A sure way for your career to go up in smoke...

Smoking: Bad for Your Health, Equally Bad for Your Career

If you GoogleTM "CEOs who smoke" you get pot smokers before tobacco users. Try to find out which executives smoke cigarettes and you may need the help of a private eye. Smoking is not only ruinously bad for your health; it's also bad for your career.

Perception Matters

On the AMC series Mad Men, ad executive Don Draper and his contemporaries conduct their business through a cloud of constant cigarette smoke and the occasional dram of whisky. As viewers, we are in awe of what we perceive to be a truly toxic environment -- such a workplace is unheard of in our current health- and wellness-promoting workplaces.

The perception of smokers in the workplace has changed dramatically from those days when people could smoke freely at their desks. Now, smokers are perceived as unproductive, undisciplined, and even "dirty." In fact, there is data to back up the perception that the productivity levels of smokers are noticeably impacted by the frequency of their smoke breaks. A study conducted by researchers at Ohio State University shows these observations -are well-founded. They calculated that companies lose an average of $3,100 per year in lost productivity per employee caused by smoke breaks. For executives in the C-suite, the cost is obviously higher.

There is also some evidence to suggest that smokers earn less than non-smokers. This 2013 article by CNBC, suggests that the reasons smokers earn less are hard to pin down, but perceptions of smokers' unpleasantness and personality traits like lack of self-control, than to data-backed reasons like unproductivity.

Nothing Works Better Than Cash

Companies themselves can make an impact on smoking rates among their employees. In a study that examines financial incentive programs for smoking cessation, Dr. Scott D. Halpern, et al, found that offering direct cash incentives was the most effective method in getting employees to quit smoking. This study examined the types of cash based incentives offered by CVS Caremark. Some employees were offered a "deposit commitment plan" that required participants to put their own money at risk, which they were able to recoup if they were successful in quitting smoking. Other participants were given a direct cash incentive to quit smoking. The study found that nearly 16 percent of participants who were offered a direct cash incentive of $800, succeeded in quitting smoking compared to the 10 percent of people offered a deposit plan.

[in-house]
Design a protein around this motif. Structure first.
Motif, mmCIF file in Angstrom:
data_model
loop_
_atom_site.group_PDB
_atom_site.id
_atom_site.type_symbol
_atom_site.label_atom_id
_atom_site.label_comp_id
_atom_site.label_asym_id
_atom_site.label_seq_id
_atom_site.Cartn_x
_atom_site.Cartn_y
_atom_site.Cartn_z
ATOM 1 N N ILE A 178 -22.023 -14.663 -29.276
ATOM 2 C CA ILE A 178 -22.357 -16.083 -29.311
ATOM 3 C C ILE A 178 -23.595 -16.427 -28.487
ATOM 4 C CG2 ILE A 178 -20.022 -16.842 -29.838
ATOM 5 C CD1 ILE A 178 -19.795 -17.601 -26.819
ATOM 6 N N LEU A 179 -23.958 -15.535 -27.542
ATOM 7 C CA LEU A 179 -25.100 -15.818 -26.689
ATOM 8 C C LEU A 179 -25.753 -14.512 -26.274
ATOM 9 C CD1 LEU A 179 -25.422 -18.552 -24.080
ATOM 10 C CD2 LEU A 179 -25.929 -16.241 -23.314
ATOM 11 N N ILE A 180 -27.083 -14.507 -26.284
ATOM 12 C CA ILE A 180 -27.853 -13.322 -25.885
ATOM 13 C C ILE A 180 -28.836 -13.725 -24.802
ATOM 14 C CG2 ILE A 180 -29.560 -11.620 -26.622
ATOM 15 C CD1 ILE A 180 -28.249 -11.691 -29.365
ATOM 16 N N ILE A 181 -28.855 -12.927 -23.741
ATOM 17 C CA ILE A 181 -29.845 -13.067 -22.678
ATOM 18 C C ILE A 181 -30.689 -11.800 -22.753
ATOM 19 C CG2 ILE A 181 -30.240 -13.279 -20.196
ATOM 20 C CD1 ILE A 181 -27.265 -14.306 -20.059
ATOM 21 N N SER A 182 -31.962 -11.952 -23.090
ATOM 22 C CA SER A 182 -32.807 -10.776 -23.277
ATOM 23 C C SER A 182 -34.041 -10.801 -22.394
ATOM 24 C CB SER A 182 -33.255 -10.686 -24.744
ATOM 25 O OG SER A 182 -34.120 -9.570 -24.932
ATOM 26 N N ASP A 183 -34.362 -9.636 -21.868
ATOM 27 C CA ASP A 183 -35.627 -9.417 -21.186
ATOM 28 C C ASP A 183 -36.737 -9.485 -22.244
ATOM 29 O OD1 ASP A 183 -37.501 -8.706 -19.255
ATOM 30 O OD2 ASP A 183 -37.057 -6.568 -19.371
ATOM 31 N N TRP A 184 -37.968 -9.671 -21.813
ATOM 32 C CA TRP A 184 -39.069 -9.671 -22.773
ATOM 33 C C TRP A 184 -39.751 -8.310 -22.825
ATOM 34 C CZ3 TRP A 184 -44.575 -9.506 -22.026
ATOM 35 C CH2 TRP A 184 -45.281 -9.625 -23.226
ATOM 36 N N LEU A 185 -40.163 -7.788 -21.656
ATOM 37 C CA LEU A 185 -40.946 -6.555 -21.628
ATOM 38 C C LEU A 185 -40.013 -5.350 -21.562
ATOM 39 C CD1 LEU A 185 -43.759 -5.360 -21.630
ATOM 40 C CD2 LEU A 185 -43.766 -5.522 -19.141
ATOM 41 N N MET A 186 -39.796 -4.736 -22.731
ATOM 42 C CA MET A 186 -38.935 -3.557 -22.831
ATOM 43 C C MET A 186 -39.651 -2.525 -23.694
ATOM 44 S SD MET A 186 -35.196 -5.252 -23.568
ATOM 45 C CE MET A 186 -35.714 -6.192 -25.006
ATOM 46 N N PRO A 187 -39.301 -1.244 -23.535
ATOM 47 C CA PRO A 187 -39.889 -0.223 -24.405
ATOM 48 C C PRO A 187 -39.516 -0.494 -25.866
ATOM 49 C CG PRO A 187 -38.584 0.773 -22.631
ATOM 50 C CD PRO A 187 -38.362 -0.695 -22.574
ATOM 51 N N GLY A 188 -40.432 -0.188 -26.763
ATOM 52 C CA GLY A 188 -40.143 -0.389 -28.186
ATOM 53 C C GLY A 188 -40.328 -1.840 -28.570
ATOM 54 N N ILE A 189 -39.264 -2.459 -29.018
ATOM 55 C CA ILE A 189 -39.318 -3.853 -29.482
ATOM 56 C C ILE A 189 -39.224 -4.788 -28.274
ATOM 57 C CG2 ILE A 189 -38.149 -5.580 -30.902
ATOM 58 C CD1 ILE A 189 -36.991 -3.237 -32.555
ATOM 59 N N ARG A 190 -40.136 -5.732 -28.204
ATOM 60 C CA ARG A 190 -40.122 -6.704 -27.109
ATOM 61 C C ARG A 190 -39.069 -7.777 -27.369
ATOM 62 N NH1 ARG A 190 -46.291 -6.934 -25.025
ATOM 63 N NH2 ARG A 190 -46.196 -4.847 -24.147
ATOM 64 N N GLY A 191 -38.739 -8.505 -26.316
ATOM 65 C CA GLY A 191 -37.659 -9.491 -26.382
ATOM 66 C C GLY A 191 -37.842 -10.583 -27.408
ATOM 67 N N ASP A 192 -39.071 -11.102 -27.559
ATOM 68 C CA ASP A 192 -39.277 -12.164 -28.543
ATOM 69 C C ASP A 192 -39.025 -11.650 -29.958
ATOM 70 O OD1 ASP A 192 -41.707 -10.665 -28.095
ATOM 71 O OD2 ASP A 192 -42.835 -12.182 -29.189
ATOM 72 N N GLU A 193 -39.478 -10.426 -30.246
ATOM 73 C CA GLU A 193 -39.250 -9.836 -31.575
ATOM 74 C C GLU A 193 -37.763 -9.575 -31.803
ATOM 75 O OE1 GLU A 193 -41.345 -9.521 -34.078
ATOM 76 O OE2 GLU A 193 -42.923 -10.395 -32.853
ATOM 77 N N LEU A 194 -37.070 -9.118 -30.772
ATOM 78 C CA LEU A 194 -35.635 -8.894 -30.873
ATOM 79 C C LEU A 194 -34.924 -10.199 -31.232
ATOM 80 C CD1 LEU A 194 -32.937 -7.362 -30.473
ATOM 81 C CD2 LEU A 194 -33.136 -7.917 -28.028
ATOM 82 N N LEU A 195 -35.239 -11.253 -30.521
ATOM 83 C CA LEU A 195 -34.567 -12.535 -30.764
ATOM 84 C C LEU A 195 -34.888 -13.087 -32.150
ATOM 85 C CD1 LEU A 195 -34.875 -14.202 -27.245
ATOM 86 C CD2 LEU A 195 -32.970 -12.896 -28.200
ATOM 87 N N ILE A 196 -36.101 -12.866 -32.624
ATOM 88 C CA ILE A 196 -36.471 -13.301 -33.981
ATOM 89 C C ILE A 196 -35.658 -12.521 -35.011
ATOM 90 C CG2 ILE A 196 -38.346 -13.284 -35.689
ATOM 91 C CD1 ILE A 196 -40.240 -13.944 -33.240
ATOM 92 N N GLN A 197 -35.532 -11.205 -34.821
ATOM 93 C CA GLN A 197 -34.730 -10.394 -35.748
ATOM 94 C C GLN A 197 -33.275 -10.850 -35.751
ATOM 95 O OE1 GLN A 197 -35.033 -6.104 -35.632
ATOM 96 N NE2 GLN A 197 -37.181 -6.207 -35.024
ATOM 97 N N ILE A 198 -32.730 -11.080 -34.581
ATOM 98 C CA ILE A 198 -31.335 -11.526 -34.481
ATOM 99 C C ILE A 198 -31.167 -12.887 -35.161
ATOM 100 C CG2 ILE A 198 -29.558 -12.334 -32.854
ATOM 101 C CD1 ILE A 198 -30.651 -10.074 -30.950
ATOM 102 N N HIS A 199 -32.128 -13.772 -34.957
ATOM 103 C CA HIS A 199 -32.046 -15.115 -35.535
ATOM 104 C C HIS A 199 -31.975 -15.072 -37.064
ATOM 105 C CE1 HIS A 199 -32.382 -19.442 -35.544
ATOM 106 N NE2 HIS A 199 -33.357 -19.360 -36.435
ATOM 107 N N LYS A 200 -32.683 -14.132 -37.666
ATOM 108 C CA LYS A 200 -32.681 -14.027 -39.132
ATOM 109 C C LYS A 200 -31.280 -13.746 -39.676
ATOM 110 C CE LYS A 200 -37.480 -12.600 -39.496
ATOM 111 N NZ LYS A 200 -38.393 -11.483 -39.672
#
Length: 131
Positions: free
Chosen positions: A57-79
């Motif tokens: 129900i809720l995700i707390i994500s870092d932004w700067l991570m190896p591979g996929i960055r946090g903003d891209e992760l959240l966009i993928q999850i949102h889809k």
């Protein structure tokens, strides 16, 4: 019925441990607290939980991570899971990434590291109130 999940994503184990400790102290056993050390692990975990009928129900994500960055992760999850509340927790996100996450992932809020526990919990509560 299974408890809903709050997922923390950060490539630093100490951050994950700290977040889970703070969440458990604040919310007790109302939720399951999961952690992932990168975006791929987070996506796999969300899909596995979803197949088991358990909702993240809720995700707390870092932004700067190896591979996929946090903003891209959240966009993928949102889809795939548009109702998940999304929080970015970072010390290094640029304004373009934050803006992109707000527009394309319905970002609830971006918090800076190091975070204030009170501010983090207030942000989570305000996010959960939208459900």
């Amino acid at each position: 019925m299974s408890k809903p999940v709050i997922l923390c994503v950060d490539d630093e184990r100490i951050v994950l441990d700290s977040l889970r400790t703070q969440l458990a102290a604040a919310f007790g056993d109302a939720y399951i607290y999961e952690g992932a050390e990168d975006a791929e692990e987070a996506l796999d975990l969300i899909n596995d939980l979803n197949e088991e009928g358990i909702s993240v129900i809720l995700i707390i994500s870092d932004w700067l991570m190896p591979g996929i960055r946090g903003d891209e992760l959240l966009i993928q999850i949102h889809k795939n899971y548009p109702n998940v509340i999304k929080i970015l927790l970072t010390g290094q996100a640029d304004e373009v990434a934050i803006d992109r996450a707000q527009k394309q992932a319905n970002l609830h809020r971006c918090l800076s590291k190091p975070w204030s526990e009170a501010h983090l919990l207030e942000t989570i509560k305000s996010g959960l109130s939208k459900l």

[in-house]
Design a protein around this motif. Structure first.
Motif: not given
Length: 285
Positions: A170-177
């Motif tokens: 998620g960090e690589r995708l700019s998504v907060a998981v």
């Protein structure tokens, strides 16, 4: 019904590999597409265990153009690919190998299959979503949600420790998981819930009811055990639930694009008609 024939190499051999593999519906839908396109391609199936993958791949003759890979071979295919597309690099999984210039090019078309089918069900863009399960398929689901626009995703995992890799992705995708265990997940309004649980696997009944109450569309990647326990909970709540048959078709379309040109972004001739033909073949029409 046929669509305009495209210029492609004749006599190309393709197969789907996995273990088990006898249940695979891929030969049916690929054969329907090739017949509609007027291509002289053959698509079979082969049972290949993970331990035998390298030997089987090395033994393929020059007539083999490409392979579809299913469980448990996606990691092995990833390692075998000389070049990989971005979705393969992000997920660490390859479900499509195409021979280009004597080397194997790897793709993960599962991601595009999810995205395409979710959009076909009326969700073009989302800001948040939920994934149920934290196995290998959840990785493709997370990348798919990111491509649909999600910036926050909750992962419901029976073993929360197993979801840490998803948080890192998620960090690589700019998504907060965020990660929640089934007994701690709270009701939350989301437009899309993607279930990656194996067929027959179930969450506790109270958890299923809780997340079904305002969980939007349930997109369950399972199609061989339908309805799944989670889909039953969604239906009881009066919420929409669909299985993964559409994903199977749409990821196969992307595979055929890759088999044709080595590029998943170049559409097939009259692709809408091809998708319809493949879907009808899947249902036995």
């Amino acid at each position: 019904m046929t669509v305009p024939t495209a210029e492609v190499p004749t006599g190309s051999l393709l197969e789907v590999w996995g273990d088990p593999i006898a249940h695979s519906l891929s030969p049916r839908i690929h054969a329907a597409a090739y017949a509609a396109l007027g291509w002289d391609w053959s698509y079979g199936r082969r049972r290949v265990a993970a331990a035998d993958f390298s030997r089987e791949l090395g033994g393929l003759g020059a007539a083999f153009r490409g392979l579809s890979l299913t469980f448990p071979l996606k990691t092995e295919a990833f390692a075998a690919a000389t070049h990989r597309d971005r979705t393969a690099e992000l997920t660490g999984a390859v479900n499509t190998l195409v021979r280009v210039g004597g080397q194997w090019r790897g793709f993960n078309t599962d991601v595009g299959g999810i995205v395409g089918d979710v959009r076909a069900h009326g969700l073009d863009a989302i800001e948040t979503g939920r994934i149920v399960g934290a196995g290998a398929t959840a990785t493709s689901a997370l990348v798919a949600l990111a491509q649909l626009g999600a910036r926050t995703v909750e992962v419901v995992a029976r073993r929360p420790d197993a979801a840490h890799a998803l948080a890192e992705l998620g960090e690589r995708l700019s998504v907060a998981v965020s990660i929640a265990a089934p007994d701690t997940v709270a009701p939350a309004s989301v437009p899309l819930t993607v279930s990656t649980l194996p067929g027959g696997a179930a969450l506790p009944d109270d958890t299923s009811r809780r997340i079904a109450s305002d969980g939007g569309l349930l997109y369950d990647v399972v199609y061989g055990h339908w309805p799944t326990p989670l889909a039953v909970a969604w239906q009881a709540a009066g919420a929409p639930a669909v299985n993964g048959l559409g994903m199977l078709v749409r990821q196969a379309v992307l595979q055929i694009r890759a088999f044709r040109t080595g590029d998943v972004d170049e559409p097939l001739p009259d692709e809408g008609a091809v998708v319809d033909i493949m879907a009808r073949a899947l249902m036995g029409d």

No Smokers Hired

While some companies offer cash incentives, others have decided to implement stricter non-smoking policies by no longer hiring people who use tobacco. In 2011, health insurance provider Humana decided to no longer hire tobacco users. Humana ensured the integrity of this policy by testing for nicotine during their routine pre-employment drug screen. Humana argued "it makes sense for a company in the health-care field to lead by example." Since 2011, an increasing number of employers, primarily hospitals and insurance companies, has followed Humana's lead and now has similar hiring bans on candidates who are smokers.

Houston Methodist Hospital System is one such hospital. In implementing its tobacco-free hiring policy, Houston Methodist took it a step further by offering free tobacco cessation programs to applicants who failed their nicotine screening, and invited them to re-apply when they have been smoke-free for 90 days. Dr. Marc Boom, Houston Methodist's CEO, explained, "Employees work here to take care of patients. We can only do that if we're leading by example." For existing employees, annual health screenings included tests for the presence of nicotine; employees who were found to be tobacco-free were given a lower deductible on their insurance coverage, while those who tested positive were offered free tobacco cessation counseling.

A Welcome Change

Not content to just read about the emerging tobacco-free workplace, we conducted an informal poll of some of our C-suite clients, including those from financial services, consulting, energy and manufacturing. We asked "Would you hire a smoker for a C-suite position? Why or why not?" Unsurprisingly, the responses reflected signs of the times. Virtually all of our respondents replied, "does anyone still smoke anymore?"

Each executive made a different but consistent point. One highly respected public company energy executive said he would be uncomfortable having a smoker in a client- or investor-facing role because of the bad impression it would leave. A financial executive believes that a leader who smokes sets a bad example for the other employees and is not a good representative of a company that seeks to ensure a healthy workforce. And yet another executive commented, "it's basically a very dirty habit, and smokers in the workplace are always taking breaks and often not around when you need them. Non-smokers get hacked off because the smokers get all these smoke breaks that they don't get." A manufacturing executive concurred stating: "When someone comes back from a smoke break, you can smell it in the elevator and on them. It's a rare non-smoker that isn't bothered by that." One former CEO was more balanced saying "the fact a person smoked would not make a difference to me. While I don't approve of smoking, I don't think it would make someone less qualified" and noted she had never hired a smoker as "there are few executives who smoke these days."

Despite all of the above, smoking is of course, a personal choice, but if you're an executive with higher aspirations, these data and anecdotes may and should give you pause. Enough said.

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Kyle Robinson

Kyle J. Robinson

Director of Research